When it comes to writing fiction, I feel like the new kid on the block. I’ve been writing in some capacity for many years, but sometime in early 2014 I realized that I had a novel in me—which was a bit of a shock. I’d been pursuing screenwriting with no success at that time and had few connections. My writing network consisted of one published crime writer, who’d told me once that he gets many requests for introductions to his agent and generally doesn’t respond to them. This was understandable, but discouraging.
This guest post is by Sheena Kamal. Kamal was born in the Caribbean and immigrated to Canada as a child. She holds an HBA in political science from the University of Toronto, and was awarded a TD Canada Trust scholarship for community leadership and activism around the issue of homelessness. Kamal has also worked as a crime and investigative journalism researcher for the film and television industry—academic knowledge and experience that inspired her debut novel THE LOST ONES. She lives in Vancouver, Canada.
I’d never taken a writing class or gone to a writer’s conference. I truly did not know how to start trying to find a literary agent—but I knew I couldn’t do it without a finished book. So I quit my job in Toronto, moved across the country to Vancouver, and wrote until I almost went cross-eyed. Day in and day out, the book was all I could see.
When I had a draft of the manuscript, my author friend told me that my best chance of getting an agent was to go to Pitchfest in New York, hosted by the Thrillerfest conference. His agent would be there that year and he said I could drop his name in my pitch. I was exhilarated. This was my shot. I wanted to meet his agent, of course, but there was another agent I had my eye on: Miriam Kriss, from the Irene Goodman Agency. Something clicked for me from her bio on the conference website and I ended up lining up at her table first. When I met her, I felt we hit it off. She was friendly and easy to talk to. My nervousness disappeared. My positive experience with Miriam set the tone for the rest of the afternoon. That day, I saw nine agents—and all nine requested material.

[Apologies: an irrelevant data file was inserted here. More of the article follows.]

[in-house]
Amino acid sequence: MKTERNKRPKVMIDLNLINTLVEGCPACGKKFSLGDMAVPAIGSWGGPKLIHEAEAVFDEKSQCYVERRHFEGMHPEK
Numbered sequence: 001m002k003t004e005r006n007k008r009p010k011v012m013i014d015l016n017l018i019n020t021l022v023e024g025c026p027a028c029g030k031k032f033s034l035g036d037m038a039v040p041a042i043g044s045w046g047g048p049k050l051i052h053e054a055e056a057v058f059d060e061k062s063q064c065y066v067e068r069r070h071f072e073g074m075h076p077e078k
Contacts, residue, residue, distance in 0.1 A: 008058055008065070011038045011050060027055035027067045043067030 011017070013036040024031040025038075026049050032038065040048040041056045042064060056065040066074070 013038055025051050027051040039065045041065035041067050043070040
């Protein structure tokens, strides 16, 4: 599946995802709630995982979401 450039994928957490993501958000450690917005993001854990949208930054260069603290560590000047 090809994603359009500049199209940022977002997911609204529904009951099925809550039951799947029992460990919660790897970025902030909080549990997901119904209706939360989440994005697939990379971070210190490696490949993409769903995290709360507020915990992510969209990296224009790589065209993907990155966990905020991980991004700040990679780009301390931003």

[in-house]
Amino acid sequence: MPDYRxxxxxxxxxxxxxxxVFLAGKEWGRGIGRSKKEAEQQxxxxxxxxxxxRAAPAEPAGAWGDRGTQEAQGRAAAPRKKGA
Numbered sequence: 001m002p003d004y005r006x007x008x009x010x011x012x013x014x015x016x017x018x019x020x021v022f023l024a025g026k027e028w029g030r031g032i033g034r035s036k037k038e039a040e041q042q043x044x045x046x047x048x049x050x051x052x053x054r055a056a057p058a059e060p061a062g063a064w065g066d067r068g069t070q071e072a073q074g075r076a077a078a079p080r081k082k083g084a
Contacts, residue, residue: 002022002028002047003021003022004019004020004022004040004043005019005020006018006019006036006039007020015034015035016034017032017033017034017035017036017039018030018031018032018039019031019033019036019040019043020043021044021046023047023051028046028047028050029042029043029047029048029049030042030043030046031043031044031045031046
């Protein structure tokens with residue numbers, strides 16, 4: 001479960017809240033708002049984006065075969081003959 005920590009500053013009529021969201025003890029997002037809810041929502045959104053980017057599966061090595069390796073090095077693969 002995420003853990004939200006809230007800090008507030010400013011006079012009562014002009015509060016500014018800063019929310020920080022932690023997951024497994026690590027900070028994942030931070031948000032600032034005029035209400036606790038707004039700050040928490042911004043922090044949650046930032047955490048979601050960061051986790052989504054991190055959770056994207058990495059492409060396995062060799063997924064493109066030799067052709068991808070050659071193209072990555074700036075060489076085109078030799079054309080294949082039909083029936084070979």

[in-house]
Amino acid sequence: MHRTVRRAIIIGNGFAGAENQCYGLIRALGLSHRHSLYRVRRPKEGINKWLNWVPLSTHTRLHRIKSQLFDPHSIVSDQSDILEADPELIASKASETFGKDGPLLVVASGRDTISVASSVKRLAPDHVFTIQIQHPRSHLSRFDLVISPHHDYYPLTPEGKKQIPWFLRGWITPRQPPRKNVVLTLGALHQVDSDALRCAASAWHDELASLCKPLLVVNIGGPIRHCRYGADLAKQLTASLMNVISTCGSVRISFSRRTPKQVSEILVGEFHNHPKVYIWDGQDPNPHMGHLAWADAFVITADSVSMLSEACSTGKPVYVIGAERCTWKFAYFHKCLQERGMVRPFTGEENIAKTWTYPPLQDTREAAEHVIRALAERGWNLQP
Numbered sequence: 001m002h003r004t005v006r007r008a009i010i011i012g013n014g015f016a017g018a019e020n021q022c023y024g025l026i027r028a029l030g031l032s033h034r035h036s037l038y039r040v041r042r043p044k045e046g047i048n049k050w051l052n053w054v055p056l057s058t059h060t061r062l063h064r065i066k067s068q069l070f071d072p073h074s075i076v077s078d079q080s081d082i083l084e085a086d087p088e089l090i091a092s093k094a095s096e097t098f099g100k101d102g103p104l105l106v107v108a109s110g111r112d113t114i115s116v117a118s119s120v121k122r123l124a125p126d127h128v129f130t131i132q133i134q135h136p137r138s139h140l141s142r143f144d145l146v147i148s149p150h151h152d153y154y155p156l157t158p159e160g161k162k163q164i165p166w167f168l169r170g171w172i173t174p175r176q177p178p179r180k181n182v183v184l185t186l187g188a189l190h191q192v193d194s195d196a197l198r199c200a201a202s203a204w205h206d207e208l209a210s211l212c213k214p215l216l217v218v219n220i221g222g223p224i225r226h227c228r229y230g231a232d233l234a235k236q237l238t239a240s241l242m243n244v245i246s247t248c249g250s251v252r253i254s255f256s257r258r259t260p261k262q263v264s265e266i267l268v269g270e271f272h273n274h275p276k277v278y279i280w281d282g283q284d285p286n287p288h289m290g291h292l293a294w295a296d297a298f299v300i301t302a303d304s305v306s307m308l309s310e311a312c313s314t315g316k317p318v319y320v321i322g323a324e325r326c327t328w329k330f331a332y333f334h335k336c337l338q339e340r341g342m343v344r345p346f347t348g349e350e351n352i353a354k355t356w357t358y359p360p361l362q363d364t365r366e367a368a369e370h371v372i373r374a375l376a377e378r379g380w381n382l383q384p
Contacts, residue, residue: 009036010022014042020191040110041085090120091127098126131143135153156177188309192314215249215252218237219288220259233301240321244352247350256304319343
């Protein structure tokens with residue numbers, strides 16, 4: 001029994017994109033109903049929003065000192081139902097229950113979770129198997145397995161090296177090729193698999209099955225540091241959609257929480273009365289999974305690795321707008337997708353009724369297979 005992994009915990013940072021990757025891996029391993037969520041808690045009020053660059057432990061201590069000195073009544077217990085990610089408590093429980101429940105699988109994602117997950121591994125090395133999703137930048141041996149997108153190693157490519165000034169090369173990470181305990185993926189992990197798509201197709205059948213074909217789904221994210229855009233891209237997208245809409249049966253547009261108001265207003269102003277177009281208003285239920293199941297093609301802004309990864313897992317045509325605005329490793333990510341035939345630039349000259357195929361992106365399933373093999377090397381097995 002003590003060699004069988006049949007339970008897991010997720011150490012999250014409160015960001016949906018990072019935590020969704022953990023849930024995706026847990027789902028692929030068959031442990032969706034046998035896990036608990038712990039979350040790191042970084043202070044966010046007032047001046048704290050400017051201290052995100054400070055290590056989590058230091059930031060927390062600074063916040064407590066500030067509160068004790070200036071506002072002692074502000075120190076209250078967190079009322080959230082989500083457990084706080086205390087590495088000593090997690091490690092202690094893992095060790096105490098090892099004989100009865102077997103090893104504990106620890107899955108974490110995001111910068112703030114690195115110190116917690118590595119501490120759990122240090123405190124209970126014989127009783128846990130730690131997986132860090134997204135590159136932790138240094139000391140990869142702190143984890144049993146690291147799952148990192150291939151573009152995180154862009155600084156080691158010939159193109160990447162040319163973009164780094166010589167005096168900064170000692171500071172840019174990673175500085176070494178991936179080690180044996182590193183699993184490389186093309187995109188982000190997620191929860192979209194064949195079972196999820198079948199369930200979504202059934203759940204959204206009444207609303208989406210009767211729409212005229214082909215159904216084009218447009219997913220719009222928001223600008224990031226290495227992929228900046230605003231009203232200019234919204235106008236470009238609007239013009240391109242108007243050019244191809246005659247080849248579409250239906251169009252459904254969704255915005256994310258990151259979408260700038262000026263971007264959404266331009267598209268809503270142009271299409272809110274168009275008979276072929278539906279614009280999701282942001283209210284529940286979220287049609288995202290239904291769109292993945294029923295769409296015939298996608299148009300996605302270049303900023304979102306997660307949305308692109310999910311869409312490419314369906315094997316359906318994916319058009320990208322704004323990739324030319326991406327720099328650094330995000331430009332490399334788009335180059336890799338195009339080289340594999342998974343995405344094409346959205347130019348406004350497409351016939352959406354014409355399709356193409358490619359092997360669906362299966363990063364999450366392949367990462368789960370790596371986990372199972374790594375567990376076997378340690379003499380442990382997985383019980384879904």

I was elated, but exhausted. Being exhausted didn’t seem to matter too much, though, because the pitching had gone better than I’d expected. That evening I sat at the bar of the conference venue, trying to gather my strength to hoof the forty-minute walk back to my dingy hotel, when a man sat next to me.
The man introduced himself and said he’d spent the afternoon pitching, as well. He recognized me from the line-ups. We talked a bit about that and I was genuinely interested to learn of his military background and his experiences. But over the course of a roughly twenty-minute conversation, some of what he said began to sink in. He’d said that he’d seen a lot of thirty-year old women at these events and they don’t have much of a grasp on military life. Which is fair, I suppose, but thrillers don’t have to be about military life so I didn’t think too much about it. Then, toward the end of our conversation, he proceeded to tell me that he was sure that I was going to be very successful, but he’d like me to remember that things are often deeper than they seemed. That I need to look beneath the surface.